Retail Investors Prepare as Institutions Embrace Credit ETFs

For big investors, exchange-traded funds provide a way to make tactical allocations in the bond market. But at what price?


Pedestrians walk past a branch of Barclays bank in Dubai, United Arab Emirates, on Monday, Nov.17, 2008. Barclays Plc’s investors should vote down the U.K. bank’s 7 billion-pound ($10.5 billion) capital raising as it will mean ``significant dilution’’ for investors, Pensions & Investment Research Consultants Ltd. said. Photographer: Charles Crowell/Bloomberg News


Institutions may be using exchange-traded funds to manage credit exposures at a lower cost — a move affecting the ETF market in new ways that could prove challenging for retail investors.

Products like BlackRock’s $13.4 billion iShares $ iBoxx High Yield Corporate Bond ETF (HYG) and the $12.06 billion SPDR Barclays High Yield Bond ETF (JNK) have seen record moves during the first half of this year, thanks to institutional and retail investors alike putting on tactical positions or seeking lower costs than they would get by investing with a high-yield fund.

For the week ended June 10, U.S. fixed-income offerings, including HYG and JNK, saw asset flows of $2.84 billion, according to data from, a web site that tracks ETFs. One fund can see billions of dollars of activity in a single day; for example, HYG regularly leads the league tables for the fixed-income category.

“Being able to trade credit at a penny bid-ask spread, compared to having to source bonds and wait for markets to trade, is a huge advantage of credit ETFs,” says Justin Sibears, managing director and portfolio manager at Boston-based, $500 million ETF provider Newfound Research.

But all of this activity raises questions about liquidity risk and dislocations in the underlying credit markets, which don’t typically trade at the same rate as ETFs. Provisions in some of these products also allow for in-kind redemptions, so certain authorized participants could come away with the underlying securities instead of ETF shares. When that happens, the authorized participant can go back to the institutions that invested in the ETF and offer to give them the securities or sell them back into the open market.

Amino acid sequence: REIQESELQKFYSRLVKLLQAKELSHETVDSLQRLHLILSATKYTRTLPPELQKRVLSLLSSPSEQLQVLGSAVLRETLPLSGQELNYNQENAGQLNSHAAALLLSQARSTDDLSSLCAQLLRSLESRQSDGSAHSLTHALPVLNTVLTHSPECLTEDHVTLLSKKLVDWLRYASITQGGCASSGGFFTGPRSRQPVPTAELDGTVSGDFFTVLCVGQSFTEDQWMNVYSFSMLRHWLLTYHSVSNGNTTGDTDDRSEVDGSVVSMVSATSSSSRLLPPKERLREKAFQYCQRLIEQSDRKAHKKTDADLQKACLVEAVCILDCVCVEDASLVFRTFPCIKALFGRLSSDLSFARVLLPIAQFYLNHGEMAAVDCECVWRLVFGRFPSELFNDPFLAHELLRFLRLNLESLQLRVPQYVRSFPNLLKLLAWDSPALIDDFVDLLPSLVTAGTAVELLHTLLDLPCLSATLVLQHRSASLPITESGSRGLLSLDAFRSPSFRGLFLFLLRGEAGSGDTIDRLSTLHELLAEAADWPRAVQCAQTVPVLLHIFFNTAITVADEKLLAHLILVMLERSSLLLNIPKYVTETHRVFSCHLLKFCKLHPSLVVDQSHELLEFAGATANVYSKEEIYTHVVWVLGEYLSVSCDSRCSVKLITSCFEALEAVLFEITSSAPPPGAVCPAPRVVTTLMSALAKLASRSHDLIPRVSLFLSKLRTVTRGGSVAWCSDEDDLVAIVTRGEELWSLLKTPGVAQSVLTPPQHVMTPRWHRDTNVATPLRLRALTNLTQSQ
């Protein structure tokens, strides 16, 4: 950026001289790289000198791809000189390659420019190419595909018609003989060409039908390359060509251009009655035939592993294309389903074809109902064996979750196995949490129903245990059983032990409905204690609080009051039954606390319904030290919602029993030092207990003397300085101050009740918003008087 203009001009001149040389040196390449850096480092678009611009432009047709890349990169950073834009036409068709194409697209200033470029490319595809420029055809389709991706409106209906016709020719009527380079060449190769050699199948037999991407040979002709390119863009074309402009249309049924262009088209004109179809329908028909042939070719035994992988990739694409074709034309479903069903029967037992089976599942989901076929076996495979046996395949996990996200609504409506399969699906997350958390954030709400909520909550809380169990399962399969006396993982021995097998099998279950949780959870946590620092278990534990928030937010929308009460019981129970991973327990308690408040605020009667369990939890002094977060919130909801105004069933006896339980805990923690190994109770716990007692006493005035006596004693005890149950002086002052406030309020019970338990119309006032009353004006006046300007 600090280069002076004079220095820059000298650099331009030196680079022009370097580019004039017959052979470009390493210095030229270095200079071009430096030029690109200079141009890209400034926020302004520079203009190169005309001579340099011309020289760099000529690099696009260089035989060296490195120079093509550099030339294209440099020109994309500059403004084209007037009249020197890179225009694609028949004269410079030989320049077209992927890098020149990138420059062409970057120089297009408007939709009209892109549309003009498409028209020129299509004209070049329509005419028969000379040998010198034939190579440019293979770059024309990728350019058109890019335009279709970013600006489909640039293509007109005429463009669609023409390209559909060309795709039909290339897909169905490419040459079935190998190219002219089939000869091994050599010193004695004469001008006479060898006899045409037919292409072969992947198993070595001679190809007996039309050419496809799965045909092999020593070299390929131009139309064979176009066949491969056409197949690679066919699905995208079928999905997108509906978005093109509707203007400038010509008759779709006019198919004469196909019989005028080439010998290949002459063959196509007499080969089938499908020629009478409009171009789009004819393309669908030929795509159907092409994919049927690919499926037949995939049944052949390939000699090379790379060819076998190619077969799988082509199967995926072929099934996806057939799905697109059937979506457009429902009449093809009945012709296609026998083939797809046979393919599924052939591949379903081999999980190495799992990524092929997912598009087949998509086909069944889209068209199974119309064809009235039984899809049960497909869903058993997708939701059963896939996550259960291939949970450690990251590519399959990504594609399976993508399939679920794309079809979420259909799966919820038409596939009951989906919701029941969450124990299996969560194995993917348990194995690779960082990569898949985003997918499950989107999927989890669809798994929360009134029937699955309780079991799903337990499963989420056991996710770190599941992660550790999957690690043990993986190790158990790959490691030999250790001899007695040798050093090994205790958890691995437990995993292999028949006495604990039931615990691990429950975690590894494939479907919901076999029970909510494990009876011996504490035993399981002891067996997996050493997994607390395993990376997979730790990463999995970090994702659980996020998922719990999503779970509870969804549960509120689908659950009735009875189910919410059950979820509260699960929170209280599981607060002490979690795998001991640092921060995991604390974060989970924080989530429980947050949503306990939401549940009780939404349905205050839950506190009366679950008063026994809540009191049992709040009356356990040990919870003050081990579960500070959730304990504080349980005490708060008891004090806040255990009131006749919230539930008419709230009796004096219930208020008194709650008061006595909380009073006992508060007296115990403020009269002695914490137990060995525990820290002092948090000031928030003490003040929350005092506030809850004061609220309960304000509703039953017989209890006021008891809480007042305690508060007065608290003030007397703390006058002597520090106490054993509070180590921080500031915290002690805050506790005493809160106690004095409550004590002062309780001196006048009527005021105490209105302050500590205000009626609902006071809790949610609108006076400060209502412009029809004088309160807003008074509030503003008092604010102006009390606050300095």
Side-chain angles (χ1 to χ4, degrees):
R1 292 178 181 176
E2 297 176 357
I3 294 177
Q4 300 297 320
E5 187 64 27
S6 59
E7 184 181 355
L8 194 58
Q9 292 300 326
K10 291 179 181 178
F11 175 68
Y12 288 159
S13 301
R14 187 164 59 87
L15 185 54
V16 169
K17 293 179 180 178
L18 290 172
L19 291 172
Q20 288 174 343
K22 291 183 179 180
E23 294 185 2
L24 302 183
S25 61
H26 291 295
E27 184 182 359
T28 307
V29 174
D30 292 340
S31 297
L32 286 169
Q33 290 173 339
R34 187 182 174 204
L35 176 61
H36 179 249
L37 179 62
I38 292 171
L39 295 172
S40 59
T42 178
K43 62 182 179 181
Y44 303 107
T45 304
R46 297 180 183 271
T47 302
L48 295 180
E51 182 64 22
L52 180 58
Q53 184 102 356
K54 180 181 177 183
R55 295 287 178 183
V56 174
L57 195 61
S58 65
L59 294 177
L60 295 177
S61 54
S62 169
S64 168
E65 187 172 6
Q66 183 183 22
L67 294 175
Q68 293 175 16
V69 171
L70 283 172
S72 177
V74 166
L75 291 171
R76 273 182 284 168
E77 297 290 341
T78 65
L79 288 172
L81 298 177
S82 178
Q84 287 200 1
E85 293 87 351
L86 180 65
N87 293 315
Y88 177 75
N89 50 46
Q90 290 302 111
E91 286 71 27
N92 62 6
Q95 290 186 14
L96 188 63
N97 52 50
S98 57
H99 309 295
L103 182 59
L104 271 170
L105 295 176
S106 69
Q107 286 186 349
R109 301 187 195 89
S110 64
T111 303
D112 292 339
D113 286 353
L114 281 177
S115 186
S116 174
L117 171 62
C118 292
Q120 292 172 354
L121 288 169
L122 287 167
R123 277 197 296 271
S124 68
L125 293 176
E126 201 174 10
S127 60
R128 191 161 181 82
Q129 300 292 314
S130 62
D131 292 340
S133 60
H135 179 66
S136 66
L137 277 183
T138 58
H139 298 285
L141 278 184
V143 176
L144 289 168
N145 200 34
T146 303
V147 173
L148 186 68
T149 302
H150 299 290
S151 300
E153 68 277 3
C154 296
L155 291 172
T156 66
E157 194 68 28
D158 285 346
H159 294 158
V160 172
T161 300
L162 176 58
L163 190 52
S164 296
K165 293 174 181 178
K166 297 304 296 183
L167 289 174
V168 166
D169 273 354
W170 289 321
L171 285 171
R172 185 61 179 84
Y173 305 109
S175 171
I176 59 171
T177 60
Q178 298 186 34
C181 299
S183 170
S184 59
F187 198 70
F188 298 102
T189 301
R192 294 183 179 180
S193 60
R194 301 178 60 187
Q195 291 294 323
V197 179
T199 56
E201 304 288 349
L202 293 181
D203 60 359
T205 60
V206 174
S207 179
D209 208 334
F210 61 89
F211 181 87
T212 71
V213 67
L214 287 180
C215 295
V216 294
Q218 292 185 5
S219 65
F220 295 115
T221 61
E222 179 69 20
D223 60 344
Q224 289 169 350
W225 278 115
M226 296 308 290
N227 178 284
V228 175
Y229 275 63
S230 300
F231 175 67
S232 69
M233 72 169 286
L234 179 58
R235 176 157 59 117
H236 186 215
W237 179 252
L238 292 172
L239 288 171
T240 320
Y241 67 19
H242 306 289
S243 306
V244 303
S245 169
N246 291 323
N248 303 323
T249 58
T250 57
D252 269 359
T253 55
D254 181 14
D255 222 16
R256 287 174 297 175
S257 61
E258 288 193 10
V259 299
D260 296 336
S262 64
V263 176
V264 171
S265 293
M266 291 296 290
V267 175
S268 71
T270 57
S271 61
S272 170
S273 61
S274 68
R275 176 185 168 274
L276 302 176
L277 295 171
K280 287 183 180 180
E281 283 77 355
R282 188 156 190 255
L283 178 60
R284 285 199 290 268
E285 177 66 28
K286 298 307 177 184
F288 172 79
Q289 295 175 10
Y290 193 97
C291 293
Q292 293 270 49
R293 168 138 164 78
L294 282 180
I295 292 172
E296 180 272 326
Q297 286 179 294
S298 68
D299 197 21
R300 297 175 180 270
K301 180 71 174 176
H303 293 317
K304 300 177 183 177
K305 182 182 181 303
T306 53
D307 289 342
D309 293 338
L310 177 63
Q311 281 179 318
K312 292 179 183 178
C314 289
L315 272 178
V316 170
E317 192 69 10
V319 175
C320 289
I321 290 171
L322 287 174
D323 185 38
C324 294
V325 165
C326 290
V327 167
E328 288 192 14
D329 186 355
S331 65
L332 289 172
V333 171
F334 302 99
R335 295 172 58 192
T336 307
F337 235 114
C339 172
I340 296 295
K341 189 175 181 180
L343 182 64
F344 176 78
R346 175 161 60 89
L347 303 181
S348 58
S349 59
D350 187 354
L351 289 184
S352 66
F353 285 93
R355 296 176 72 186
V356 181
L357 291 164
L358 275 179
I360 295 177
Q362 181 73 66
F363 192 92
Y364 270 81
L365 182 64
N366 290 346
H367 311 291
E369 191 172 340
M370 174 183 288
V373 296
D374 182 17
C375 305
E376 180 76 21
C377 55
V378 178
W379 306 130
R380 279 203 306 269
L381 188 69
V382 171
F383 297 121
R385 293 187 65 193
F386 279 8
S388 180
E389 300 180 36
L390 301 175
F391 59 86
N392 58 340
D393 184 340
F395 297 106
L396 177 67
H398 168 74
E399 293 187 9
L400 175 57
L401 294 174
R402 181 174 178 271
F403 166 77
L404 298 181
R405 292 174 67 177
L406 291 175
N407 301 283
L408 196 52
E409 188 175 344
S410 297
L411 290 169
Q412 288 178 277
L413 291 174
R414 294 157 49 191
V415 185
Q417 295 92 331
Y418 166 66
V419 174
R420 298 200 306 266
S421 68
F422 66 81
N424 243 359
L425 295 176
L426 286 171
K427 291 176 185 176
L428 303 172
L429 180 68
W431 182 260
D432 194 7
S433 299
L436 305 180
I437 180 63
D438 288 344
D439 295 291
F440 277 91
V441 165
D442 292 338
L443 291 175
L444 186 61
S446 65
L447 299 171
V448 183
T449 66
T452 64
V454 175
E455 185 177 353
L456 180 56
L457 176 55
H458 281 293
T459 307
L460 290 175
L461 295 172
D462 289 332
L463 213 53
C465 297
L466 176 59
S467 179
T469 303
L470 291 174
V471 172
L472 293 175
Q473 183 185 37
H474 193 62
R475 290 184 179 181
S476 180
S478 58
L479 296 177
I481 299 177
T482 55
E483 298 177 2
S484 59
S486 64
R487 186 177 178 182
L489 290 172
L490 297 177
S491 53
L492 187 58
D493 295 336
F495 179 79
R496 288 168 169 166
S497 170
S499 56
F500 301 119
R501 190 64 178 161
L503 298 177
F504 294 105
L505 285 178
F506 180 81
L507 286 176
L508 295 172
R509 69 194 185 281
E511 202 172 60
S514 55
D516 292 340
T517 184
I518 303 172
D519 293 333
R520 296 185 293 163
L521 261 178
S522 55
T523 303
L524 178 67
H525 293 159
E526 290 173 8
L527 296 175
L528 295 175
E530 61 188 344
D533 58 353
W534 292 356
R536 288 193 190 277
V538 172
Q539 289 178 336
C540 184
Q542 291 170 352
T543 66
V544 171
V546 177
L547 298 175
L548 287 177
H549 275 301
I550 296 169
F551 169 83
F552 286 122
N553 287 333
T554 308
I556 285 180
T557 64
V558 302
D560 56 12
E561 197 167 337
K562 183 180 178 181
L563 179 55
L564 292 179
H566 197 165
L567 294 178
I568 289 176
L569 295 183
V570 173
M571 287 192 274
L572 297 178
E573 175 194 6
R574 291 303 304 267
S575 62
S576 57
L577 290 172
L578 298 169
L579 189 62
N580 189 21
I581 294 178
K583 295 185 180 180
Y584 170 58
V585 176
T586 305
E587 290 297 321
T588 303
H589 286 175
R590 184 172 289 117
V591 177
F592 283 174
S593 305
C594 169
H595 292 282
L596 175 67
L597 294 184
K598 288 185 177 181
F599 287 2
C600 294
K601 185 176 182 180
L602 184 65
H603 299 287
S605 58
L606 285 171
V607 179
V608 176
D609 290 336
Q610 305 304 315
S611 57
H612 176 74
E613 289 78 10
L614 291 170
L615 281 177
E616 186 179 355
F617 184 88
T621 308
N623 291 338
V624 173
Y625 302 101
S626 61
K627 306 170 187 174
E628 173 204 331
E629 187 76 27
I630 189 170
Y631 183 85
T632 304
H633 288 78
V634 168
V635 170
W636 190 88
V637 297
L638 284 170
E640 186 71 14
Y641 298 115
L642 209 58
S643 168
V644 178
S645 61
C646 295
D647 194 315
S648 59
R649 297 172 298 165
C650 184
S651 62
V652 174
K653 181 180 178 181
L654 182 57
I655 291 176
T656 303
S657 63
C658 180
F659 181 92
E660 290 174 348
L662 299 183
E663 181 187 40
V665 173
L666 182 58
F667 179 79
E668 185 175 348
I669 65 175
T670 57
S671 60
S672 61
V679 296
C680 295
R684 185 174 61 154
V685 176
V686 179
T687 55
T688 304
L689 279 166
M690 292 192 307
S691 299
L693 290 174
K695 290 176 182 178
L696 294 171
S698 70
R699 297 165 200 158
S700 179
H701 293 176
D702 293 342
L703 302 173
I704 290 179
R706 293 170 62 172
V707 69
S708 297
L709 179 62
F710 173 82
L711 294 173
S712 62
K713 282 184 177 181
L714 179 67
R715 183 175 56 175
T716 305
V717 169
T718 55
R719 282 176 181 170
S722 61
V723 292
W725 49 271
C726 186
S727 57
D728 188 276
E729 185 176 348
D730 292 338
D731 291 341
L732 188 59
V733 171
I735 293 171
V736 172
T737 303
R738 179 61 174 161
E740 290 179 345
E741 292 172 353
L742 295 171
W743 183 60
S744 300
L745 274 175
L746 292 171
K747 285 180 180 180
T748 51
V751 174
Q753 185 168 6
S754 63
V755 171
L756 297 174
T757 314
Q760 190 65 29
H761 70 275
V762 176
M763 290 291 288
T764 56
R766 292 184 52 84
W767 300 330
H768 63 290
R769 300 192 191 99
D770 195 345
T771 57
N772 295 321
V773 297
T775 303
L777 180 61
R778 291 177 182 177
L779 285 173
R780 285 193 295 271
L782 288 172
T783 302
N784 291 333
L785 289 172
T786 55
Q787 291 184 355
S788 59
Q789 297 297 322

Signs of volatility in some high-yield ETFs suggest that savvy traders are using in-kind distributions to run their bond businesses more cheaply than they could outside the exchanges. These ETFs give investors access to bonds on demand, letting them avoid buying and holding assets that might lose value over time, which is the practice in the traditional credit market. Allocating to such products also allows investors to take more dynamic views of the high-yield market because they can get in and out as conditions change — sometimes in the same day.

Last month it became obvious that institutional investors are using credit ETFs in this way. Both HYG and JNK saw billions of dollars in redemptions during the first four days of May, even though the broader markets were relatively calm and trending upward. Redemptions from HYG topped almost $3 billion before investors put $1 billion back in over the rest of the month.

At the time, Deutsche Bank ETF strategist Sebastian Mercado suggested in a research note that the moves were the result of institutions managing tactical allocations, rather than any kind of stress in the overall high-yield bond market. ETFs represent only a small slice of the $1 trillion U.S. high-yield business, but episodic moves in the billions of dollars are still notable. What happens if institutions opt to make tactical decisions during market turbulence? And could such moves potentially hurt retail investors who may have exposure to the same products?